Monday, October 22, 2007
Vikram Bhatt has often been accused of borrowing heavily from foreign films. In Speed, he borrows from the Hollywood film Cellular, which, in turn, reminded you of Phone Booth. Despite the similarities, Speed is slick, has several compelling moments and isn"t as predictable as one thought it would be.
Speed is an edge of the seat thriller and unravels at a feverish pace. The only problem is, there"re a few rough edges [a few questions unanswered, predictable climax], but the pros easily outnumber the cons here.
In a nutshell, Speed is an engrossing fare, with moments that stay with you.
What do you do when you get a phone call from a stranger begging you to save her life? What would you do if your only ray of hope is your phone?
Zayed Khan comes to London to convince his girlfriend Tanushree Dutta to give him another chance to prove his love for her. Meanwhile, Sanjay Suri, an undercover agent, receives a CD from Aftab Shivdasani and Sophie Chaudhary, which contains the recording of his kidnapped wife, Urmila Matondkar, and is asked to follow the instructions.
He"s completely confused about what"s happening. Soon he realizes that he is being used as a weapon to assassinate the P.M. of India on the London tour. As he is still not agreeing to plans, Aftab finally decides to kidnap his kid.
Sanjay"s kidnapped wife, Urmila, starts trying to escape. Her only ray of hope is the telephone call she"s accidentally made to Zayed Khan. He"s in touch with her throughout, continuously talking with her and giving her moral support. As Zayed decides to help Urmila, his love of life, Tanushree gets annoyed and threatens to break up again. A happy-go-lucky brat Zayed, who never takes anything seriously, risks his own life to save an unknown family just because of a call.
Aashish Chowdhary, the super-cop of London, is in charge of security of the visiting Prime Minister. But as his girlfriend has her birthday the very same day, Aashish is caught between his personal life and duty. He obviously chooses the later. Will Aftab and Sophie succeed in their sinister plans?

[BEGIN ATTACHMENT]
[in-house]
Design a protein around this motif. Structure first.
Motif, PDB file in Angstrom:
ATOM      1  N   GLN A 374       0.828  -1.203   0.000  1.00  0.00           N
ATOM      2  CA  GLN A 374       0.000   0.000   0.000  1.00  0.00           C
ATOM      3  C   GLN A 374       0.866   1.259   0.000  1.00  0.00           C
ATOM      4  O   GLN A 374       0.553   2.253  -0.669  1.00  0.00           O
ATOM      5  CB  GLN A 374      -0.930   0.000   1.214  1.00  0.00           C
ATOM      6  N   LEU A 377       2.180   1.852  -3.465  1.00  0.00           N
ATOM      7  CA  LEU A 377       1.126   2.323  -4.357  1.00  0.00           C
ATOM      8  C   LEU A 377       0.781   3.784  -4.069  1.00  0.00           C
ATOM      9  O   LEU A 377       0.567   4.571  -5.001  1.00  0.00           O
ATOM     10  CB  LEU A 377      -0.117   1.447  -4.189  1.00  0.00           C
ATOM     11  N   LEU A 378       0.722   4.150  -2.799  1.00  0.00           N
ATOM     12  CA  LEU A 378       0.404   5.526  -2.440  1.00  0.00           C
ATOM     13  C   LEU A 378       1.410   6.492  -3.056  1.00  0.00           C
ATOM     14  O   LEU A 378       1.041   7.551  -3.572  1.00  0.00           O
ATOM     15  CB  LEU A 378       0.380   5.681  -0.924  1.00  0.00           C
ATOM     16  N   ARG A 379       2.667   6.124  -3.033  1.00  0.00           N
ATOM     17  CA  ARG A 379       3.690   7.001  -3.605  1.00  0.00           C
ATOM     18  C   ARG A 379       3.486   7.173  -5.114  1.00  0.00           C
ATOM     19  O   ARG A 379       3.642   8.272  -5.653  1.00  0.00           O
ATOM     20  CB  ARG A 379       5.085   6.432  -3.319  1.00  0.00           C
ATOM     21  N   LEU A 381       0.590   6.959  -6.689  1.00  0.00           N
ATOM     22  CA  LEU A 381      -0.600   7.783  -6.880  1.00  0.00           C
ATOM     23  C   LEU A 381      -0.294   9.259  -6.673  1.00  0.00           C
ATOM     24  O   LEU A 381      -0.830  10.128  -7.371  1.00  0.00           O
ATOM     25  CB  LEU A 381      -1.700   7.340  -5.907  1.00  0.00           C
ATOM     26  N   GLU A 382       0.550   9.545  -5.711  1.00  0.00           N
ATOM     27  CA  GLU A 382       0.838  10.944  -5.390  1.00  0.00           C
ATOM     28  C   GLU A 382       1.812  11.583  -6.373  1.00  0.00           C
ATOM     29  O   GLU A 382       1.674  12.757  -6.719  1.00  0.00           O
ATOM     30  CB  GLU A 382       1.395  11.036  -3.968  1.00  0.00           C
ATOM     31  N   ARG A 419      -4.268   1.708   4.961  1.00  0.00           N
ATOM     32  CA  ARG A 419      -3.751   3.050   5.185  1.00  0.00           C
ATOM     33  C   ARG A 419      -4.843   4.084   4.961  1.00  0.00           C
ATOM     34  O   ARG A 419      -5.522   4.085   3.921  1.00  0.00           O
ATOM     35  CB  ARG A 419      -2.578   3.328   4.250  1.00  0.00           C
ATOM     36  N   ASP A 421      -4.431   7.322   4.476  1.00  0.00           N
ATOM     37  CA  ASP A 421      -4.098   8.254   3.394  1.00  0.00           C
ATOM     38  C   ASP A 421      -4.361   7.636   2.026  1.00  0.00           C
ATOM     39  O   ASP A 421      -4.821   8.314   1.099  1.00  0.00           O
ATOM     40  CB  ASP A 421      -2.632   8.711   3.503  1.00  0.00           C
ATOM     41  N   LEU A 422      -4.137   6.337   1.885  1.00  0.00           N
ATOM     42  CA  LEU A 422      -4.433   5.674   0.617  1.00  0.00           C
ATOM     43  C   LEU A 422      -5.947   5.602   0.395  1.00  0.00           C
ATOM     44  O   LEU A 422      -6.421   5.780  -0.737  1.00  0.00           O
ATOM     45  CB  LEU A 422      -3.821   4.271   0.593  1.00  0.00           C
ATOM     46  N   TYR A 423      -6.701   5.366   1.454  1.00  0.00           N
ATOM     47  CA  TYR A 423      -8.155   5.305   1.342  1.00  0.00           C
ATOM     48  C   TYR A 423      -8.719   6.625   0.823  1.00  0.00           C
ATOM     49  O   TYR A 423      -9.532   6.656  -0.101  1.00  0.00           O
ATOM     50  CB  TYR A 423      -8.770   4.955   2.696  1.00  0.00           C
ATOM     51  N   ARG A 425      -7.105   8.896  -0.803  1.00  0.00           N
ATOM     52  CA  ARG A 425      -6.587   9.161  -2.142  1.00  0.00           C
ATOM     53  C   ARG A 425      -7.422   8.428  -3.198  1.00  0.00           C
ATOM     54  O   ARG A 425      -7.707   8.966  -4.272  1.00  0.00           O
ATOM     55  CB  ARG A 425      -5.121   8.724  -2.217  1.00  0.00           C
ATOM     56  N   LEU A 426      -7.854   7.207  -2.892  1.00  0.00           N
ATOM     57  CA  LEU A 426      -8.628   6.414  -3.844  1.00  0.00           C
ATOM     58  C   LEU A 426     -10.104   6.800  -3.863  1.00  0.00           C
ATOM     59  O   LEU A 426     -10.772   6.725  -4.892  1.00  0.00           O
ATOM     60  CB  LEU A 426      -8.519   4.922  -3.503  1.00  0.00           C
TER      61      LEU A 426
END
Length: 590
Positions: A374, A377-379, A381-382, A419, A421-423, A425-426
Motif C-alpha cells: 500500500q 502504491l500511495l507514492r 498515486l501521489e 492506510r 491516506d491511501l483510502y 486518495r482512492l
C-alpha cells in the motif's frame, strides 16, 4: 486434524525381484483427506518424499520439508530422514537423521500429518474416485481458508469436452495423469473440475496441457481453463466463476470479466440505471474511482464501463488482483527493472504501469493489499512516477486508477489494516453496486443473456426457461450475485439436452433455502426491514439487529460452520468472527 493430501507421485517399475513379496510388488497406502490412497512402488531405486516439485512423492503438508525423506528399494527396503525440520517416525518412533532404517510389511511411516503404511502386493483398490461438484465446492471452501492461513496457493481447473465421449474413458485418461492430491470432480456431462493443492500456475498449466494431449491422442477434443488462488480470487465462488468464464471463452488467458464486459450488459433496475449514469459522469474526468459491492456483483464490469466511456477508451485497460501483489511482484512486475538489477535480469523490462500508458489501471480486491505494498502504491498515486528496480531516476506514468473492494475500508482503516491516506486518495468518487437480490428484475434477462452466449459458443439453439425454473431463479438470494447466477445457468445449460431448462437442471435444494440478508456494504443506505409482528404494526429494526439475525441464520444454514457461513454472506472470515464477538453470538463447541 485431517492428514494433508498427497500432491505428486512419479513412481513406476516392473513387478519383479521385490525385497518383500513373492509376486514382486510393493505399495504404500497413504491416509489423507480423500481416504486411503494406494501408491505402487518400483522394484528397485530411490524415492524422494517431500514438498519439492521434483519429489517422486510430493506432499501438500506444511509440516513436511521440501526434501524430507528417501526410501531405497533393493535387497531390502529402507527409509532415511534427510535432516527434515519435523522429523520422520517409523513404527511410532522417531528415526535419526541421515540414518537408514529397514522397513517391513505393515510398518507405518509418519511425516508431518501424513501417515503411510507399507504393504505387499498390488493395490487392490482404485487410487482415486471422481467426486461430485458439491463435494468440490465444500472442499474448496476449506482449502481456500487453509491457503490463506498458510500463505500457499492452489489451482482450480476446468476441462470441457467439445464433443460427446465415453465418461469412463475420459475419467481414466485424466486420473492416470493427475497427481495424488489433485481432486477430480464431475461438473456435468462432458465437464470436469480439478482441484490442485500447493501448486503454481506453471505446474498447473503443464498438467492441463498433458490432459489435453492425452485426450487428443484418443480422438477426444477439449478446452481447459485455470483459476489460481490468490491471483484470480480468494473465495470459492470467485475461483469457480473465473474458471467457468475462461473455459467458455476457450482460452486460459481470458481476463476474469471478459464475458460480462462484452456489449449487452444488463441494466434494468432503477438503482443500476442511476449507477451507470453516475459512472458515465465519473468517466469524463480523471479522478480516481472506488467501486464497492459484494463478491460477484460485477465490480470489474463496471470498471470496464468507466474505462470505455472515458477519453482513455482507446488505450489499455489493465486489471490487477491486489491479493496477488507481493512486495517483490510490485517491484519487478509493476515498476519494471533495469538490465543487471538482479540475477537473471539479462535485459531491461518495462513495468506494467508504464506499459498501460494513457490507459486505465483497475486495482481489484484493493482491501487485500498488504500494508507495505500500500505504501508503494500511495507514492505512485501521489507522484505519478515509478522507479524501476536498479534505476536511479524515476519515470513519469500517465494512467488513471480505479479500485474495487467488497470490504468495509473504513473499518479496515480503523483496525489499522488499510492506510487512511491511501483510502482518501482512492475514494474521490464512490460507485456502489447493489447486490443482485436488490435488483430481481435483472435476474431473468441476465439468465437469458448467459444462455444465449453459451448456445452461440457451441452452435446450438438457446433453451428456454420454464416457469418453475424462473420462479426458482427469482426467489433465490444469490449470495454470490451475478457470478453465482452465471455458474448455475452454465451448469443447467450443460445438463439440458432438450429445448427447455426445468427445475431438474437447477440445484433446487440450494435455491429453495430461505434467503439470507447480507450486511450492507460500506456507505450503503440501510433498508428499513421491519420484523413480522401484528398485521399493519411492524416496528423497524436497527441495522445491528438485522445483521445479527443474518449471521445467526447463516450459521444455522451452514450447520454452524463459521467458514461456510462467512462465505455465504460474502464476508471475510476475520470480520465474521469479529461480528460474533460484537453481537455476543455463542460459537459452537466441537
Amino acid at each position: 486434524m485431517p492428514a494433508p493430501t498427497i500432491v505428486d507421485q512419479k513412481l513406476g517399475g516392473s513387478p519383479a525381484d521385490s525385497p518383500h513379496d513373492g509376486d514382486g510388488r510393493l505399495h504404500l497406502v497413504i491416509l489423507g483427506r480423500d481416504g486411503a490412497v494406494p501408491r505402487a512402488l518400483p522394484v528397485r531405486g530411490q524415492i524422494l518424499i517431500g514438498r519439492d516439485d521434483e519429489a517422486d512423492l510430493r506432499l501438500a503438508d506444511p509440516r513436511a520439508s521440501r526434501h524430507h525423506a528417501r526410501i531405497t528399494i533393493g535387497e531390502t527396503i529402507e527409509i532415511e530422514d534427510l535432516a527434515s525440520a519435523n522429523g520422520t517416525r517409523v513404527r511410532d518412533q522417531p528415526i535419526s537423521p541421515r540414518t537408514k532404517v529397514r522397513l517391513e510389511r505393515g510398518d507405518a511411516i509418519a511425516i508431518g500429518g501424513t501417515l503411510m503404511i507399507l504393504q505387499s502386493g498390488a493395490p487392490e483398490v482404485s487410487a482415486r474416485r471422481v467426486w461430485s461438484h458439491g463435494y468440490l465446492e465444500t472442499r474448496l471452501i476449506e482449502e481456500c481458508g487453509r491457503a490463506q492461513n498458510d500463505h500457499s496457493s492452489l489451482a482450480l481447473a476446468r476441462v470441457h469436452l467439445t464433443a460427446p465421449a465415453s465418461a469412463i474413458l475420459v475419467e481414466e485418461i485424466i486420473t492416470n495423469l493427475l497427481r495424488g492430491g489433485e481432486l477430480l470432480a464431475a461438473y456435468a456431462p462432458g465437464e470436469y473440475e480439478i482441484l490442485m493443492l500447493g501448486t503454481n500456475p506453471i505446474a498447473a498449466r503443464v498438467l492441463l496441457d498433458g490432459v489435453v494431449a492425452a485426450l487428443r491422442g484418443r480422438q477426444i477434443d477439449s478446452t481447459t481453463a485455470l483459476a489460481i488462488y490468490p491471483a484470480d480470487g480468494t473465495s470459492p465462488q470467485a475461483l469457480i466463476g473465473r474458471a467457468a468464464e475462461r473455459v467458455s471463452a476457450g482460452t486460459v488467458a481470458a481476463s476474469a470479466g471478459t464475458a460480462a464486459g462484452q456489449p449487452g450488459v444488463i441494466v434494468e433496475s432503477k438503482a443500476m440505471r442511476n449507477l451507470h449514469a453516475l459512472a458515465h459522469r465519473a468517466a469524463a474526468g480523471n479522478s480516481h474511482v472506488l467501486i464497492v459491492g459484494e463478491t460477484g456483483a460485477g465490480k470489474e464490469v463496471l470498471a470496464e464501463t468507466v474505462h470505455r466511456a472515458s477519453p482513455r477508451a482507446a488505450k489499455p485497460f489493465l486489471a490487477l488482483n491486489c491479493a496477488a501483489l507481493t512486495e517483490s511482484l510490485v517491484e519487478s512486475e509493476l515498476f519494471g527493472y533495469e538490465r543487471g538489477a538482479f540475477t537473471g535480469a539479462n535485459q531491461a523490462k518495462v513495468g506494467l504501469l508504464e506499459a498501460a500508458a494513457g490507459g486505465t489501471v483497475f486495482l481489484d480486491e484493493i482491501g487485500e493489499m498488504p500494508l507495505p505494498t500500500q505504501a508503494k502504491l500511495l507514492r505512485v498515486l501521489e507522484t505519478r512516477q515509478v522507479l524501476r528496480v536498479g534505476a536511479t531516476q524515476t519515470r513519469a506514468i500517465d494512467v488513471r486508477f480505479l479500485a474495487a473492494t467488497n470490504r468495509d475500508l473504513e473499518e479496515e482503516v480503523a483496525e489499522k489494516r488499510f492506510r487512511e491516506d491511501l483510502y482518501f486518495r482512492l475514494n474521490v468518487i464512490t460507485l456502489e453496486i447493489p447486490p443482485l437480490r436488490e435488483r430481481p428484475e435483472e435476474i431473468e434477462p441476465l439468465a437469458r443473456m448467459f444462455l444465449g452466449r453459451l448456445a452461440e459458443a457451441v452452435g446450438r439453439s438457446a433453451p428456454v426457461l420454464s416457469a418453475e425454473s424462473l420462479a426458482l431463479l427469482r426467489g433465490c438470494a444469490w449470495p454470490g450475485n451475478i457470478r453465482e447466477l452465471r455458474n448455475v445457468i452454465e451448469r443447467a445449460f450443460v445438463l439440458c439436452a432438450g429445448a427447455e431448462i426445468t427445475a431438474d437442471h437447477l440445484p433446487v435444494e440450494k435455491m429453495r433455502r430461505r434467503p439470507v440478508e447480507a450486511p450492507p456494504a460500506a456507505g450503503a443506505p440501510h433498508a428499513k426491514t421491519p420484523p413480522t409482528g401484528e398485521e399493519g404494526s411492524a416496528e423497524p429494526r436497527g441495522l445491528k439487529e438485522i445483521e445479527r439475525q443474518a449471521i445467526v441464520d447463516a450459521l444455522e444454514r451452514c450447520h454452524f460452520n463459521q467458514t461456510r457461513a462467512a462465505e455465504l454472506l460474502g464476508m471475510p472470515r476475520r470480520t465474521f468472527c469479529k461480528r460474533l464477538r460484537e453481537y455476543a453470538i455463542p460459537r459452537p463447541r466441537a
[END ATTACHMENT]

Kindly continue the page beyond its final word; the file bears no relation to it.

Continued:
Although Speed borrows from Cellular, it must be mentioned that the Indian moviegoer has witnessed strikingly similar themes in the past. Yet, in all fairness, Vikram and his team of writers have Indianized the plot well. For, the film is absorbing in most parts, except for some glitches in the second hour.
The Aashish – Amrita track, for instance, should"ve been better developed. Also, the film gets slightly predictable towards the finale, although, frankly, you don"t really mind it since the culmination couldn"t be different.
Director Vikram Bhatt is in form this time. Thrillers have always been his forte and his handling of the subject material is commendable this time. It"s stylish and most importantly, it succeeds in keeping your interest alive. Pritam"s music is okay, although, given the genre, the makers have wisely restricted the songs in the narrative. Pravin Bhatt"s cinematography is topnotch. The locales of London are eye-filling and give the film the required sheen. Action sequences [Abbas Ali Moghul] are well executed.
Speed belongs to two actors primarily Urmila Matondkar and Zayed Khan. Urmila handles her part with dexterity and adds freshness to the goings-on since she has cut down on her acting assignments. Zayed is cool and suits the role well. Aashish Chowdhary springs a surprise. In fact, the actor is getting likable with every release.
Sanjay Suri is a fine actor, but the spark is missing this time. Aftab too isn"t fiery enough and his look is a complete put-off. Tanushree Dutta needs to go easy on her makeup. Otherwise, she"s passable. Sophie Chaudhary makes her presence felt. Amrita Arora looks glamorous.
On the whole, Speed is an interesting thriller that has the advantage of being a solo release. At the box-office, this reasonably priced fare should attract its share of viewers in its initial run.